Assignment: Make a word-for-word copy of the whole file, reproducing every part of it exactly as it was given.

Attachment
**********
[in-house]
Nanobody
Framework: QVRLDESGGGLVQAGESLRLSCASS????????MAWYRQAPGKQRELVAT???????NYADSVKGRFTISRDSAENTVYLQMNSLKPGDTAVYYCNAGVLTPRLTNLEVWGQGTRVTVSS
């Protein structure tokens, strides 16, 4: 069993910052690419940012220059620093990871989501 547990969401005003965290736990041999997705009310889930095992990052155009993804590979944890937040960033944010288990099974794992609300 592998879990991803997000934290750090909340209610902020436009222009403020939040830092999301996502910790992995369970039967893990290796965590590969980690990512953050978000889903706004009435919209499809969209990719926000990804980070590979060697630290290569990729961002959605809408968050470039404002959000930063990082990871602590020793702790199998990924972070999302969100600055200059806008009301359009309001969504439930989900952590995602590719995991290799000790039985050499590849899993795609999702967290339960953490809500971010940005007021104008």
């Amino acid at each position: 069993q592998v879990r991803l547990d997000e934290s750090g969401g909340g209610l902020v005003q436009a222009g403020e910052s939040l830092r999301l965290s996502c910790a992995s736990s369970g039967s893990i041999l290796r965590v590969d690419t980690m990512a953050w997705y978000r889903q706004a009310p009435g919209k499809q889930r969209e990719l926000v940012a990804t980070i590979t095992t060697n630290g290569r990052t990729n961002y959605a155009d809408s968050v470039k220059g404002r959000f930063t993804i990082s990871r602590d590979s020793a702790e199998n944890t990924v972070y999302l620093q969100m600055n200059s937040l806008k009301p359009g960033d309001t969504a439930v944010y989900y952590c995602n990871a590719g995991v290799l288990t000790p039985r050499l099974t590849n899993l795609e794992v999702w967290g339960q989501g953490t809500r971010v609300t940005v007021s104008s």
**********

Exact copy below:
[in-house]
Nanobody
Framework: QVRLDESGGGLVQAGESLRLSCASS????????MAWYRQAPGKQRELVAT???????NYADSVKGRFTISRDSAENTVYLQMNSLKPGDTAVYYCNAGVLTPRLTNLEVWGQGTRVTVSS
């Protein structure tokens, strides 16, 4: 069993910052690419940012220059620093990871989501 547990969401005003965290736990041999997705009310889930095992990052155009993804590979944890937040960033944010288990099974794992609300 592998879990991803997000934290750090909340209610902020436009222009403020939040830092999301996502910790992995369970039967893990290796965590590969980690990512953050978000889903706004009435919209499809969209990719926000990804980070590979060697630290290569990729961002959605809408968050470039404002959000930063990082990871602590020793702790199998990924972070999302969100600055200059806008009301359009309001969504439930989900952590995602590719995991290799000790039985050499590849899993795609999702967290339960953490809500971010940005007021104008």
């Amino acid at each position: 069993q592998v879990r991803l547990d997000e934290s750090g969401g909340g209610l902020v005003q436009a222009g403020e910052s939040l830092r999301l965290s996502c910790a992995s736990s369970g039967s893990i041999l290796r965590v590969d690419t980690m990512a953050w997705y978000r889903q706004a009310p009435g919209k499809q889930r969209e990719l926000v940012a990804t980070i590979t095992t060697n630290g290569r990052t990729n961002y959605a155009d809408s968050v470039k220059g404002r959000f930063t993804i990082s990871r602590d590979s020793a702790e199998n944890t990924v972070y999302l620093q969100m600055n200059s937040l806008k009301p359009g960033d309001t969504a439930v944010y989900y952590c995602n990871a590719g995991v290799l288990t000790p039985r050499l099974t590849n899993l795609e794992v999702w967290g339960q989501g953490t809500r971010v609300t940005v007021s104008s």